As does the actual decision of Kroenke to move the team back to Southern California rather than stay in St. Louis, where a rival deal is in the works to keep the team.
Despite the remaining hurdles, Inglewood found it "time to celebrate" as the mayor said after the 5-0 City Council vote late Tuesday.
The hours of public comments that preceded the vote, and the cheers that followed it, showed similar enthusiasm.
"I'm not going to sleep, I'll probably stay up all night just thinking about it," said Henry Yet, 54, of Brea, a member of the Southern California Ram boosters and one of many in attendance wearing the team's blue-and-yellow jerseys. "This is a monumental step."
Only a small handful of dissenters spoke.
The vote takes an existing redevelopment plan for the site of the former Hollywood Park horse track and adds the 80,000 seat, 60-acre stadium, effectively kickstarting construction and sidestepping lengthy environmental review of issues such as noise, traffic and air pollution.
Kroenke is part of the Hollywood Park Land Co. development group that is promoting the project.
Yet said he believed Kroenke and the team would make the move, even if there are legal or other obstacles.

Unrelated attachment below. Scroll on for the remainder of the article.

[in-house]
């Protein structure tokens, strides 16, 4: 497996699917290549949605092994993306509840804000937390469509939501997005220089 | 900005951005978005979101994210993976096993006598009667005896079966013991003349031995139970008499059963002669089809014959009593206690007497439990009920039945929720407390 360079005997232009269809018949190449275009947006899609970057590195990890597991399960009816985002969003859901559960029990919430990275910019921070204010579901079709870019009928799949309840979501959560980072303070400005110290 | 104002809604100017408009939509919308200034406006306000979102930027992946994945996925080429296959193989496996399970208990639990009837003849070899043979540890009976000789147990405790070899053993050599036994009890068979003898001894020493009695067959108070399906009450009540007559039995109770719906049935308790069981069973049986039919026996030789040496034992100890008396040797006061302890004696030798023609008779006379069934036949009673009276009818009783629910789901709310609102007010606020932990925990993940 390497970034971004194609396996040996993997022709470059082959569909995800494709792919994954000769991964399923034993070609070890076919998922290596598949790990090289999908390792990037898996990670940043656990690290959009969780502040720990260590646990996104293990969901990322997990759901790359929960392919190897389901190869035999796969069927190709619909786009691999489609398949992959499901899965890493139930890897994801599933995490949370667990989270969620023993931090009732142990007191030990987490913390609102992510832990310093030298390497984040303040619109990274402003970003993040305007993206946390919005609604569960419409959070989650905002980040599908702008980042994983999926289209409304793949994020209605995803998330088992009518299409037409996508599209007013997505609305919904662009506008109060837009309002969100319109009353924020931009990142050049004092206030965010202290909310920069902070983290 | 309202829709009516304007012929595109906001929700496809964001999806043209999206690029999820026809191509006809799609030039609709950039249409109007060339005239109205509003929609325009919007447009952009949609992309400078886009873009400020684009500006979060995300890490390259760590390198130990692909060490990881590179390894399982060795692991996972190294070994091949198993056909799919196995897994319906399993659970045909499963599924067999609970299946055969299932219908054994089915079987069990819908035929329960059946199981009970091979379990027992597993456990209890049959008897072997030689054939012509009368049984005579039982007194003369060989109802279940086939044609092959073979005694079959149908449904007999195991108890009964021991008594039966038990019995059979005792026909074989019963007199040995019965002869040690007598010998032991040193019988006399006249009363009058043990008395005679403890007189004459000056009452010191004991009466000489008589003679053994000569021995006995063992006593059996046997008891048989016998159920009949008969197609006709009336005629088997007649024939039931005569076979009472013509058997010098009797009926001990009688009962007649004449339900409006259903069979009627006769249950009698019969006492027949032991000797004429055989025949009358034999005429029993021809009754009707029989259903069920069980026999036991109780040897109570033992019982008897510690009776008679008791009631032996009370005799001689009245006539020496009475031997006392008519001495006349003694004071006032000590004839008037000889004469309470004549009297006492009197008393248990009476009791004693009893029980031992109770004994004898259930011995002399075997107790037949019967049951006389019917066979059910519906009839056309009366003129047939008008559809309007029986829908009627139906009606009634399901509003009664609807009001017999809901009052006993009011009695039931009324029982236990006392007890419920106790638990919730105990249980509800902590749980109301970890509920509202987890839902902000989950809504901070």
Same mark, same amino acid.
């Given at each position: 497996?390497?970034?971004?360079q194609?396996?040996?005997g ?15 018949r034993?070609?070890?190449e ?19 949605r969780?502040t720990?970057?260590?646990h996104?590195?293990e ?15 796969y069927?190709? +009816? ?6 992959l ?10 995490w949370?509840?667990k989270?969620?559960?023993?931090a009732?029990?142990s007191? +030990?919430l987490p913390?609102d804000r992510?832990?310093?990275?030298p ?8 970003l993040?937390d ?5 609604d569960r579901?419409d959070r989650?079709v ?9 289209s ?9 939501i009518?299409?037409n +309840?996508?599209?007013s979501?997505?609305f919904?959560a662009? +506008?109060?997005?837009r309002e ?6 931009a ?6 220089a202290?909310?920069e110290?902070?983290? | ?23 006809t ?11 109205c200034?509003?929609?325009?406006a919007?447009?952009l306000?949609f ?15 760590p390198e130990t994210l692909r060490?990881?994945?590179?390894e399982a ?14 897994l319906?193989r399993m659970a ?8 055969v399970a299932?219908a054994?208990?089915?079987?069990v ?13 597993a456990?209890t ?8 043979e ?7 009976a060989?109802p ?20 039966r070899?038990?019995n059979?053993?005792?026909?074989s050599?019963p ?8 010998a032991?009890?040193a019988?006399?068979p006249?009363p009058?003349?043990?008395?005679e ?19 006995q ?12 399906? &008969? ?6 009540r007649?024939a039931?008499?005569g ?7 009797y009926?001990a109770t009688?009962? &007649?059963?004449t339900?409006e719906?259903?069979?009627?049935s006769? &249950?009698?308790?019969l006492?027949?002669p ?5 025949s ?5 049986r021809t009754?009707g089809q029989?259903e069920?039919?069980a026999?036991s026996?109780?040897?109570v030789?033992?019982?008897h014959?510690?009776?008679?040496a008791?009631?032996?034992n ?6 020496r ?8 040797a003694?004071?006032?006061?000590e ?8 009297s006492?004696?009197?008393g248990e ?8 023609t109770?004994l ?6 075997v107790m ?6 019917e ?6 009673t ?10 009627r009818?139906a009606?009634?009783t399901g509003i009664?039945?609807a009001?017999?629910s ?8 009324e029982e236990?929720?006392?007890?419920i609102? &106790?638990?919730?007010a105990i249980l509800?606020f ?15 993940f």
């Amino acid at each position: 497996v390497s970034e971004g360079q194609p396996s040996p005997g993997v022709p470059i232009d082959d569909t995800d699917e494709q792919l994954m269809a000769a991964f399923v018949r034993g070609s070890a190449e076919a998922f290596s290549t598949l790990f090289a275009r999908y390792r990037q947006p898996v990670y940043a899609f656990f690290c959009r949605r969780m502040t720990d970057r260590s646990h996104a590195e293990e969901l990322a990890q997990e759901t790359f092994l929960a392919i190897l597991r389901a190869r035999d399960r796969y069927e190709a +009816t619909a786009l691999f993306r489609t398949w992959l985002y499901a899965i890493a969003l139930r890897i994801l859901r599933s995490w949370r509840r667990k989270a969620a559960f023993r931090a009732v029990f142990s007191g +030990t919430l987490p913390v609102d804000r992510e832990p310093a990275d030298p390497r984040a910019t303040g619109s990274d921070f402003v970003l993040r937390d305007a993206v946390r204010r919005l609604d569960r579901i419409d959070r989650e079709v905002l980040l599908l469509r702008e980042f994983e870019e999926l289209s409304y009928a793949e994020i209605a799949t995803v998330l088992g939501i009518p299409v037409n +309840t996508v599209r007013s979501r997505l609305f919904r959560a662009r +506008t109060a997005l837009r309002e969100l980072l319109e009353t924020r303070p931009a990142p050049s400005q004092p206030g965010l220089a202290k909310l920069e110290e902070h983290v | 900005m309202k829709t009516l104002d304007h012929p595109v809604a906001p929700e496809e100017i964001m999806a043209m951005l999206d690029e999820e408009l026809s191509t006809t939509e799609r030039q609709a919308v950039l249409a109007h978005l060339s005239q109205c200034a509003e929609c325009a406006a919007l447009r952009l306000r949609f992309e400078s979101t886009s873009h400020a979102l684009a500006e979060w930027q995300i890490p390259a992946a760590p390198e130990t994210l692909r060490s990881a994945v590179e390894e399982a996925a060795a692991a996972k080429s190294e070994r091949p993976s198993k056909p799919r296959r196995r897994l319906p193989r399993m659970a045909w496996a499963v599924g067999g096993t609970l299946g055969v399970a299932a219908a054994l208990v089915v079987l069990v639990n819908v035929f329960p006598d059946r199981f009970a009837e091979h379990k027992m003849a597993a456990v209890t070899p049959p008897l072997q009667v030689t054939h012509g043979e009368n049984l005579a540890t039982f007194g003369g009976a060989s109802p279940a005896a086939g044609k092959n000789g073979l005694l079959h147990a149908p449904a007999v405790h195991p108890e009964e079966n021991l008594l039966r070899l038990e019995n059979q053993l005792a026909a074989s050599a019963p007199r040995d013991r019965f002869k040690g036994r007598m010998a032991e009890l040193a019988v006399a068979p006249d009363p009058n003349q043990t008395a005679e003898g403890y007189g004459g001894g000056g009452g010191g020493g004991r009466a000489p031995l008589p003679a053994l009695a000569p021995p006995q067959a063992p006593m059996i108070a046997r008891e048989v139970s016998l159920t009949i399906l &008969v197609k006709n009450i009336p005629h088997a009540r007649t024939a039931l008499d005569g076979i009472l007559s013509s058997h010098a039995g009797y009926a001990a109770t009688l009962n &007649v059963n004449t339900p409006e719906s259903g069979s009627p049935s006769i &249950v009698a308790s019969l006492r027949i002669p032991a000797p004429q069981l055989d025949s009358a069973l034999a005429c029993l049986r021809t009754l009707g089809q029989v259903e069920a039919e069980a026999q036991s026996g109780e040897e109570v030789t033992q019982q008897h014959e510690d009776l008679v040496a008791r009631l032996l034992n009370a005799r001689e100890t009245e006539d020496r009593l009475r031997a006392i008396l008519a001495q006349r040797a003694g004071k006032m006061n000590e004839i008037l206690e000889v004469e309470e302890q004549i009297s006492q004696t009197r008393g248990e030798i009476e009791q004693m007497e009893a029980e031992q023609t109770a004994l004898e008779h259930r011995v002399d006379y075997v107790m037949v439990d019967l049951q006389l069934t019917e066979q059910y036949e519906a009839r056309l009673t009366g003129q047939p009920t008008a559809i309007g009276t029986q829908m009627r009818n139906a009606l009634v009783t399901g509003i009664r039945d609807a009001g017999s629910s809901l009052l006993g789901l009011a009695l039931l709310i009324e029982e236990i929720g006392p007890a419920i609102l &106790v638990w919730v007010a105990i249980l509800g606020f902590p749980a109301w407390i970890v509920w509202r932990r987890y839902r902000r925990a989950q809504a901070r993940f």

"He knows he's going to be in litigation, but he has the money and the firepower to do it, and the city says yes," Yet said.
New urgency for Inglewood came to the issue last week with the announcement that the Oakland Raiders and the San Diego Chargers are planning a shared stadium in suburban Carson if they don't get their current hometowns to cough up enough money to replace their aging stadiums. Another stadium plan remains alive for downtown Los Angeles, but has no team attached.
Stadium proponents said it is important to approve the concept as soon as possible to avoid delays in the redevelopment that already is underway. They would like construction to start by year's end to have a venue ready for the 2018 football season.
Christopher Meany, executive vice president of the Hollywood Park Land Development Company said that the plan is important for the community and said at the meeting Tuesday night that the project is "really going to be the new heart of Inglewood," which once was home to the Los Angeles Lakers and LA Kings.
"Their vision is being realized here," Meany said.
Meany has emphasized that the plan does not include any taxpayer dollars.
Mayor James Butts Jr. said the project was "the best financial arrangement in the history of stadium deals in this country."
But while the deal does not include upfront tax money, the development group expects to recoup up to $100 million in local tax dollars in the first five years of operation, which would cover costs ranging from installing street lights and fire hydrants to running shuttle buses and providing police security on game days.
Supporters also said the stadium would bring the city more than 10,000 jobs and tens of millions of dollars a year in new tax revenue.